[Untitled] (Cancellation Prints)
Glenn Ligon is known for his use of stenciled quotations. In 2003 he discovered that one of his earlier print projects, featuring text from author Zora Neale Hurston’s 1928 essay “How It Feels to Be Colored Me,” had not been cancelled by the printer. (Cancellation of a series, by marking the plates with an X, ensures that no unauthorized copies of an artist’s work can be made.) For [Untitled] (Cancellation Prints), Ligon himself cancelled the plates by drawing large drypoint Xs over the stenciling—but then authorized an edition from them anyway. As he explained:
Cancelled but present, new but haunted by the ghosts of their earlier meanings, the prints speak to the mutability of questions of racial identity and a shift in the cultural context in which the original works were received.
Hardground, softground, aquatint and spit bite etching with drypoint
Sheet: 28 1/4 x 20 in. (71.8 x 50.8 cm)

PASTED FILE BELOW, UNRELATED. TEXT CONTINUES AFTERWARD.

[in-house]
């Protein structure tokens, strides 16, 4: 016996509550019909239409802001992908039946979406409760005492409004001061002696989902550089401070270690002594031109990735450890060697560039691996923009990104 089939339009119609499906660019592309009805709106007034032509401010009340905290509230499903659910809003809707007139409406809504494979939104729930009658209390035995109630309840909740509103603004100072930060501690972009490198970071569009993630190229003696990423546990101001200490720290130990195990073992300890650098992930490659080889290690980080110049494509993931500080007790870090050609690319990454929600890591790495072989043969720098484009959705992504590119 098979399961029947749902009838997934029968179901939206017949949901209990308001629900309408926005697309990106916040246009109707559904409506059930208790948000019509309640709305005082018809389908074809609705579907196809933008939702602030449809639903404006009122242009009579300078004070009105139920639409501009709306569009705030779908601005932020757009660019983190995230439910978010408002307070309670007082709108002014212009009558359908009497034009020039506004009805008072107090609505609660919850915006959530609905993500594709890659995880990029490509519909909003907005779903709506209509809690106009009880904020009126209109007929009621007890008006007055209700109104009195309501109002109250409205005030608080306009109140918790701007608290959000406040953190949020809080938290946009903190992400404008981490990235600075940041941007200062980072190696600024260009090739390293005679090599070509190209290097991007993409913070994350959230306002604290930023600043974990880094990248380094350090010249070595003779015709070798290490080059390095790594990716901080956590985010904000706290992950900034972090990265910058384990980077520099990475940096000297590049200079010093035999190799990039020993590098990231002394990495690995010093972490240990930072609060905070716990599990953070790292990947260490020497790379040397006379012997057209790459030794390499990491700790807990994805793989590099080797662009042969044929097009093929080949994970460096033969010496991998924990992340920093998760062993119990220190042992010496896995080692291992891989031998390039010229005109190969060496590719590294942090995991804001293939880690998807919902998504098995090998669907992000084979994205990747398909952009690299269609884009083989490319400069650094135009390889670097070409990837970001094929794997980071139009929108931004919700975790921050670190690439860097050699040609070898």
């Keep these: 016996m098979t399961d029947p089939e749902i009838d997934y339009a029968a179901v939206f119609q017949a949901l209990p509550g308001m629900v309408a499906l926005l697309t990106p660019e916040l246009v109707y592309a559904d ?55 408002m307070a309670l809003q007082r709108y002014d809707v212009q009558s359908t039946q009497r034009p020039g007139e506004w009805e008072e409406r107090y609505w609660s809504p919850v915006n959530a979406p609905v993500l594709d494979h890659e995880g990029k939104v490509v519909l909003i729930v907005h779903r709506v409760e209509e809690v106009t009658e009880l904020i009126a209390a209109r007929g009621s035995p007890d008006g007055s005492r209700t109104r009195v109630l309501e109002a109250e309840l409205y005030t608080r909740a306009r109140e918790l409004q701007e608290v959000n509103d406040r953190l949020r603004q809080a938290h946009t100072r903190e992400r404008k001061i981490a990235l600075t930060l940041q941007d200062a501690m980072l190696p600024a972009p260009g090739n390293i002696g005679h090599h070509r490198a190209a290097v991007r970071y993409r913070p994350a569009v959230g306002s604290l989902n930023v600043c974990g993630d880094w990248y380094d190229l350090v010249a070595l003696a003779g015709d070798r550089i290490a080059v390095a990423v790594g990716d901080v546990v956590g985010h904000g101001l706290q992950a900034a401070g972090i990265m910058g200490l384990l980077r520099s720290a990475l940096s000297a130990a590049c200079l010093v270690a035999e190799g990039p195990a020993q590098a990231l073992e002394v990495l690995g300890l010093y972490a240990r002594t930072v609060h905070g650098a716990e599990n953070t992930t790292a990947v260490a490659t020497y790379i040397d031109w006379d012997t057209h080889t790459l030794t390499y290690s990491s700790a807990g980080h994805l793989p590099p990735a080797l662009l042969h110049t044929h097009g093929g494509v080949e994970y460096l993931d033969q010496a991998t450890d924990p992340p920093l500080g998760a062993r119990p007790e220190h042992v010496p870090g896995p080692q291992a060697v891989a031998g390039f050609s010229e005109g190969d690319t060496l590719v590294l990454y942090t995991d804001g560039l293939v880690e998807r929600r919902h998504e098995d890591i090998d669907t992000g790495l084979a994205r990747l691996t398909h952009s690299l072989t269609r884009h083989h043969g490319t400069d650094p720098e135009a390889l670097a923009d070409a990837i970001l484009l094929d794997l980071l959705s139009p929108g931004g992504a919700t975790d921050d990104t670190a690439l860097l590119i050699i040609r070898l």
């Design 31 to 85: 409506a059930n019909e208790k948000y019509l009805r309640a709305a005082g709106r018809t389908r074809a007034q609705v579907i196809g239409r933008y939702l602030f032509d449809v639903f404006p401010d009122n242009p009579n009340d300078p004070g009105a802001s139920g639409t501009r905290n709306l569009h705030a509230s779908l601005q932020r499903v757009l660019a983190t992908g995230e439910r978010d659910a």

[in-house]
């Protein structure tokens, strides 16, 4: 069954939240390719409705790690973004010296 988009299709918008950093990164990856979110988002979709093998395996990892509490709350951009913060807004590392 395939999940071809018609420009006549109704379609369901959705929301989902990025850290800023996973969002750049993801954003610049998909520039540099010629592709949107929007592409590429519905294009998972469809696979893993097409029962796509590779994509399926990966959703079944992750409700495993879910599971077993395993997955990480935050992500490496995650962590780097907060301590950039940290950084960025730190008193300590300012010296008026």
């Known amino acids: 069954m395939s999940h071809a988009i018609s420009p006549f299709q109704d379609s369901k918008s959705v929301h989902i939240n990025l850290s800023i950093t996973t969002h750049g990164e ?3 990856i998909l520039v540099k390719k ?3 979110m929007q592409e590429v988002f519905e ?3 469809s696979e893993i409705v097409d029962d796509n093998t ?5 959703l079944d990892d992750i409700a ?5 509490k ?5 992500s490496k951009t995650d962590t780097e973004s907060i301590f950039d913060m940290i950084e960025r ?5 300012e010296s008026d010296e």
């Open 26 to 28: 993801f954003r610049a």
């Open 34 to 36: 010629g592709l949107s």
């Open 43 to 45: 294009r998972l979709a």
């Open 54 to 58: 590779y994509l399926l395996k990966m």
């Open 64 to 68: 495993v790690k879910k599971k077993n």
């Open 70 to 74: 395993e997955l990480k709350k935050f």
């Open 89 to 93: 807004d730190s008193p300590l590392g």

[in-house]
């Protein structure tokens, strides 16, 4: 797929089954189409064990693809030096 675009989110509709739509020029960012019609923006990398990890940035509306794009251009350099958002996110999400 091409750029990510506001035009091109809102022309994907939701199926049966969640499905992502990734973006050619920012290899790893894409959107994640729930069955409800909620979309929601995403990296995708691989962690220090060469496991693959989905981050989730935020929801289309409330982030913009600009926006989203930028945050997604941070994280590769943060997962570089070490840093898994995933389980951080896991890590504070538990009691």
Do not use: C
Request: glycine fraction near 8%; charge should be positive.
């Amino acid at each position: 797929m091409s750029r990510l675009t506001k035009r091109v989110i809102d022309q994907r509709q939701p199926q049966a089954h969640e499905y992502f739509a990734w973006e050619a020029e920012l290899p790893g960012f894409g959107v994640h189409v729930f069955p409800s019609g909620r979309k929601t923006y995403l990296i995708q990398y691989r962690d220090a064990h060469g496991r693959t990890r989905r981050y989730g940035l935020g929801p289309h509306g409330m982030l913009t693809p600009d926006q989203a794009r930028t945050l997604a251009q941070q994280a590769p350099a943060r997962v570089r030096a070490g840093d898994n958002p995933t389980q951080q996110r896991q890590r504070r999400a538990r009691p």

Image: 24 x 15 3/4 in. (61 x 40 cm) (show scale)
Each signed and dated lower right in graphite: "Glen Ligon '03
Robert A. Levinson Fund and gift of Dr. and Mrs. Frank L. Babbott, by exchange
This item is not on view
Glenn Ligon (American, born 1960). [Untitled] (Cancellation Prints), 1992-2003. Hardground, softground, aquatint and spit bite etching with drypoint, Sheet: 28 1/4 x 20 in. (71.8 x 50.8 cm). Brooklyn Museum, Robert A. Levinson Fund and gift of Dr. and Mrs. Frank L. Babbott, by exchange, 2003.60a-b. © artist or artist's estate (Photo: Brooklyn Museum, 2003.60b_PS9.jpg)
Edition of 15 with 5 aps
component, 2003.60b_PS9.jpg. Brooklyn Museum photograph, 2017
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© Glenn Ligon, Courtesy of the artist, Luhring Augustine, New York, Regen Projects, Los Angeles
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